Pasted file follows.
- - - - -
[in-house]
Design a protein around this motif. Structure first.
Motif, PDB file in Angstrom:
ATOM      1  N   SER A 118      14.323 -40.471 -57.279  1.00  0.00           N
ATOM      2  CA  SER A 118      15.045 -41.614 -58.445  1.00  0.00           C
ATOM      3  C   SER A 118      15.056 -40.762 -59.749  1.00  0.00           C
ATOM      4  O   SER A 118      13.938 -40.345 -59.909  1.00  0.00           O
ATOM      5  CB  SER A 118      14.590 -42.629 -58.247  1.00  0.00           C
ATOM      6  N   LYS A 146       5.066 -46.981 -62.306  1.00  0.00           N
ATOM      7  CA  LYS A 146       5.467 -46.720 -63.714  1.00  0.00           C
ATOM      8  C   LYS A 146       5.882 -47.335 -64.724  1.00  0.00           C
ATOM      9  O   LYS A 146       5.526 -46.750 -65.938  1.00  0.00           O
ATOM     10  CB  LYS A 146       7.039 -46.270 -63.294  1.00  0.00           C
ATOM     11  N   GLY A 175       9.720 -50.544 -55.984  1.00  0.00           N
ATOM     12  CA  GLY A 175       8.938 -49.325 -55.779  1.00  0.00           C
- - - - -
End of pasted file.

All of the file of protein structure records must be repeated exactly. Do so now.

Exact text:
[in-house]
Design a protein around this motif. Structure first.
Motif, PDB file in Angstrom:
ATOM      1  N   SER A 118      14.323 -40.471 -57.279  1.00  0.00           N
ATOM      2  CA  SER A 118      15.045 -41.614 -58.445  1.00  0.00           C
ATOM      3  C   SER A 118      15.056 -40.762 -59.749  1.00  0.00           C
ATOM      4  O   SER A 118      13.938 -40.345 -59.909  1.00  0.00           O
ATOM      5  CB  SER A 118      14.590 -42.629 -58.247  1.00  0.00           C
ATOM      6  N   LYS A 146       5.066 -46.981 -62.306  1.00  0.00           N
ATOM      7  CA  LYS A 146       5.467 -46.720 -63.714  1.00  0.00           C
ATOM      8  C   LYS A 146       5.882 -47.335 -64.724  1.00  0.00           C
ATOM      9  O   LYS A 146       5.526 -46.750 -65.938  1.00  0.00           O
ATOM     10  CB  LYS A 146       7.039 -46.270 -63.294  1.00  0.00           C
ATOM     11  N   GLY A 175       9.720 -50.544 -55.984  1.00  0.00           N
ATOM     12  CA  GLY A 175       8.938 -49.325 -55.779  1.00  0.00           C